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Climate plan approved

A climate change strike in Masterton’s town square. PHOTO/FILE

A 76-point plan to tackle climate change has been given the tick by Masterton District Council.

But it did not receive unanimous support from elected members.

Councillors Tina Nixon and David Holmes voted against the adoption of the Climate Change Action Plan last week.

Nixon said a greater emphasis on water was needed and that it appeared Masterton District Council was “trying to do the work of Greater Wellington Regional Council on a lot of issues”.

She said the plan had to be “more practical and reality-based”.

“I’m sorry but I can’t support this in its current form.”

Holmes said he could also not support the plan as it was.

He said the plan was “very aspirational” but would come at a “huge cost” to fully implement.

“My major concern is who is going to fund it all, and obviously it will be the ratepayer.

“I agree with the process but can’t support the plan as it is.”

The 76 points in the council’s Climate Change Action Plan all fall under four themes: community empowerment, “20-minute town”, circular economy, and a climate resilient district.

They include initiatives to establish a climate change community fund that community groups can access, to investigate a biochar proposal for land at the Homebush Wastewater Treatment Plant, and investigate the installation of renewable energy infrastructure on appropriate council buildings.

Many of the 76 points required business cases for funding and could be developed as part of the next Long-Term Plan.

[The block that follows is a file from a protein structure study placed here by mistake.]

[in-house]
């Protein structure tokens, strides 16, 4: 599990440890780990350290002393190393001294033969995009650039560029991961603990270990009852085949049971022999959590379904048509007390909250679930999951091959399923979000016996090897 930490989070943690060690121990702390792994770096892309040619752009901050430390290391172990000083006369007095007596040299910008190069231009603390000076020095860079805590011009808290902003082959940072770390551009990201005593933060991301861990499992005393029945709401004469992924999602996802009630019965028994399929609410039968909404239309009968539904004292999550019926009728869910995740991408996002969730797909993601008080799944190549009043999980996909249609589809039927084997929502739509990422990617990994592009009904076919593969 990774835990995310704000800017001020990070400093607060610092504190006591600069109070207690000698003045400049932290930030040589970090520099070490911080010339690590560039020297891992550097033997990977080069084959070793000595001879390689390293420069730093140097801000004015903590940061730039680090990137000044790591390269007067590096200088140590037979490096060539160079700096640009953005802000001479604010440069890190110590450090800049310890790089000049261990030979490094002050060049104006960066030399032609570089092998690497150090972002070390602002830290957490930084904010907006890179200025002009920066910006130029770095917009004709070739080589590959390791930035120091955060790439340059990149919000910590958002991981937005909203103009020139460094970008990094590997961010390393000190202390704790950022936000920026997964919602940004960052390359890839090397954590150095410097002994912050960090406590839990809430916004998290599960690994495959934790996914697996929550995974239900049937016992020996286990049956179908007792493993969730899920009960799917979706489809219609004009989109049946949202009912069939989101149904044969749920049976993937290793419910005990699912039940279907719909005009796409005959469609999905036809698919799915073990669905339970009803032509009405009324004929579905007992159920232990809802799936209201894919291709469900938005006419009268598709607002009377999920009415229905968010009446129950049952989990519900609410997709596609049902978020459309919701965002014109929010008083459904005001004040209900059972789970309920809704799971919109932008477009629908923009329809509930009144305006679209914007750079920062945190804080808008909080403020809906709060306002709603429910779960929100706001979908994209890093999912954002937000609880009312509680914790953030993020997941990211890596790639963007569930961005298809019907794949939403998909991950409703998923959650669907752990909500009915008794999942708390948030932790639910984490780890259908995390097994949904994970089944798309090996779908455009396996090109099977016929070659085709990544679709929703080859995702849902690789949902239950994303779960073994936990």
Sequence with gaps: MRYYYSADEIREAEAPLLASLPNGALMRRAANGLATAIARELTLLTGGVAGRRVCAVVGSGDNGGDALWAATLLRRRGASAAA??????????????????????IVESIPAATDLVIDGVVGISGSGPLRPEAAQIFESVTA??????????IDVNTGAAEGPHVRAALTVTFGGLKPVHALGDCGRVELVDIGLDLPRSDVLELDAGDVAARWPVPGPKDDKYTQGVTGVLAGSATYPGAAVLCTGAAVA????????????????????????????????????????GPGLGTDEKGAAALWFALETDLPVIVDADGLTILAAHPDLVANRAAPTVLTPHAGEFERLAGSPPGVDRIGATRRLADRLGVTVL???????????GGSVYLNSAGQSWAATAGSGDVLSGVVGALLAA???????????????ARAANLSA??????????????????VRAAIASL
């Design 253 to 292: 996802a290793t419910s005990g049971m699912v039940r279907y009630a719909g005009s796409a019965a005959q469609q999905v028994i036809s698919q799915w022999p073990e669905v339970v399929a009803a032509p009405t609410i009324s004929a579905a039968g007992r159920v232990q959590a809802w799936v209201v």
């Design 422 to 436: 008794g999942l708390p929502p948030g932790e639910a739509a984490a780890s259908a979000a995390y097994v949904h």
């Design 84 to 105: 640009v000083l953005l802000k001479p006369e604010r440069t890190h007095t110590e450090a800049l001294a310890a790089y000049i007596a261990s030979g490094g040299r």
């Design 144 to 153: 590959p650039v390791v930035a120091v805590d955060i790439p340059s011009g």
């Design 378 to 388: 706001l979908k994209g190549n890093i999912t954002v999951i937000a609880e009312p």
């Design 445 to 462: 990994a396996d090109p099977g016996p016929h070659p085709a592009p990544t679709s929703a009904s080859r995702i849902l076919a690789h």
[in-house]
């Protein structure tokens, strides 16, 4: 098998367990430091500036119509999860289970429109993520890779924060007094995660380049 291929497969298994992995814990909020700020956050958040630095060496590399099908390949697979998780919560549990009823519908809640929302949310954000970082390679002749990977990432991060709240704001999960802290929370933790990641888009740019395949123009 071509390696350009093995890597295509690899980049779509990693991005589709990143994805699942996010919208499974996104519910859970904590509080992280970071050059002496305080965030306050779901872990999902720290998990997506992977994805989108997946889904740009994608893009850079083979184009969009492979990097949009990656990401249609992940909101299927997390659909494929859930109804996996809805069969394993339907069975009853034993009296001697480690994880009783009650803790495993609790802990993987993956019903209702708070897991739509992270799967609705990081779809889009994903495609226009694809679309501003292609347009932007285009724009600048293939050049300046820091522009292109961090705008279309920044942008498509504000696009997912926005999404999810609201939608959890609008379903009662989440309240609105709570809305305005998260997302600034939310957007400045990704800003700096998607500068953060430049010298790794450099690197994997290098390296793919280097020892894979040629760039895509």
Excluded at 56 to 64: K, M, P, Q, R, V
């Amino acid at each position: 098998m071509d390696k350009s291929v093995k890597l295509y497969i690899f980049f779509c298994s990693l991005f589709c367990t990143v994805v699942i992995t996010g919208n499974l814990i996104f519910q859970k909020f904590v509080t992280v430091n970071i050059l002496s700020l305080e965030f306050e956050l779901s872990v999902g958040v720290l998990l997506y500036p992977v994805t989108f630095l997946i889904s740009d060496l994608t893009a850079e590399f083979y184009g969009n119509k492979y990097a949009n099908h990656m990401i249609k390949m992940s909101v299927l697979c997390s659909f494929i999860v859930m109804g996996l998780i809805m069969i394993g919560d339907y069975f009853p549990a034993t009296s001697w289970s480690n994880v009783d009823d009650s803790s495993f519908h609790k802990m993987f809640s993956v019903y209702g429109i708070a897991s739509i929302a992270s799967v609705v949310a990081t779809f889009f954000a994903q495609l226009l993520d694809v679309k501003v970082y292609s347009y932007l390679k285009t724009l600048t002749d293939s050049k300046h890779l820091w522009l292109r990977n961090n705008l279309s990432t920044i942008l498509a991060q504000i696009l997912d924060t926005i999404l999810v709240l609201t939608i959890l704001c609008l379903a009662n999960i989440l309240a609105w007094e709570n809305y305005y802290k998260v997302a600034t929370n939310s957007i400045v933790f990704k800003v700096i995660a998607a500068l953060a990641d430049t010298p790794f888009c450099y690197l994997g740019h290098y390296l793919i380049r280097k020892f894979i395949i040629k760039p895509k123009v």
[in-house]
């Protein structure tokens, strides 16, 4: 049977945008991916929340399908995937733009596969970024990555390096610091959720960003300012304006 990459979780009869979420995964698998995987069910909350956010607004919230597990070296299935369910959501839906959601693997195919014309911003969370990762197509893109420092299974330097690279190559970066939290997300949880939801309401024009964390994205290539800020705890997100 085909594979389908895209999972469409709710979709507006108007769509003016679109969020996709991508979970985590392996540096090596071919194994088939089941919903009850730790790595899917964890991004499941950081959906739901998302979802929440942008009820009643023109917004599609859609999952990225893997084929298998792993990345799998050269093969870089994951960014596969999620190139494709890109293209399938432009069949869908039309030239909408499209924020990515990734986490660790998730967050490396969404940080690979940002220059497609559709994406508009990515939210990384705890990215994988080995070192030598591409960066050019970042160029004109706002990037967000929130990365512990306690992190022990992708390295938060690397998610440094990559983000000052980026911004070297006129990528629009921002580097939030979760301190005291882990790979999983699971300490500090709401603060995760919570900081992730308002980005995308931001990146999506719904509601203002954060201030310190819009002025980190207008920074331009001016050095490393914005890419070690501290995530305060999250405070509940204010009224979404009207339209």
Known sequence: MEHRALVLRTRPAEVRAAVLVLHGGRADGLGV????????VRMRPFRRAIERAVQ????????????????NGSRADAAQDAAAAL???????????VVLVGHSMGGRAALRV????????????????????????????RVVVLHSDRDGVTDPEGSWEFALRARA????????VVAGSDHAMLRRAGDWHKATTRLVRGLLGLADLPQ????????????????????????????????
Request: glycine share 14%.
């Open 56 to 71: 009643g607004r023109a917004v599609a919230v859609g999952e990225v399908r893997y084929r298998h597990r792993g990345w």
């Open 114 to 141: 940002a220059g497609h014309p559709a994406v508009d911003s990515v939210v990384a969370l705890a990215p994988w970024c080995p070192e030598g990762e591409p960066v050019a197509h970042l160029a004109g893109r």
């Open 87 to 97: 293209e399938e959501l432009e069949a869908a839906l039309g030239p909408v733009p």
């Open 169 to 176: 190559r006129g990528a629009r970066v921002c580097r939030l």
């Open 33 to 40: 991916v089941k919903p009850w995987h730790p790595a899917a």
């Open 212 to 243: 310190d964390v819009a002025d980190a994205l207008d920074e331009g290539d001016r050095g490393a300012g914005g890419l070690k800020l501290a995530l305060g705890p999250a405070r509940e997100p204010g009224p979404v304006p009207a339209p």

Councillor Frazer Mailman echoed Holmes’ concerns about the financial impact on ratepayers but said there would be funding opportunities to give effect to the strategy without cost to the ratepayer.

He hoped it would not be “another strategy with no teeth that lies on the shelf”.

He also gave staff credit for the work they had done and thanked fellow councillor Chris Peterson for his persistence in keeping climate change at the forefront of council thinking in his time as an elected member.

Masterton District Council chief executive David Hopman said climate change was already “significantly impacting our community, and we take that seriously. This Climate Action Plan sets out the council’s roadmap to reduce emissions and their impacts as a district and be ready for what will follow.”

He said the council would work hard to make sure the plan was in synergy with mana whenua climate and environmental priorities and aspirations.

The strategy document said Masterton was experiencing more severe droughts, abnormally high rainfall events causing flooding, and coastal erosion.

“Climate impacts will only get worse with continued inaction, so it is in all our best interests to act now,” the document stated. – NZLDR

  • Public Interest Journalism funded through NZ On Air

Emily Ireland
Emily Ireland
Emily Ireland is Wairarapa’s Local Democracy Reporter, a Public Interest Journalism role funded through NZ On Air. Emily has worked at the Wairarapa Times-Age for seven years and has a keen interest in council decision-making and transparency.

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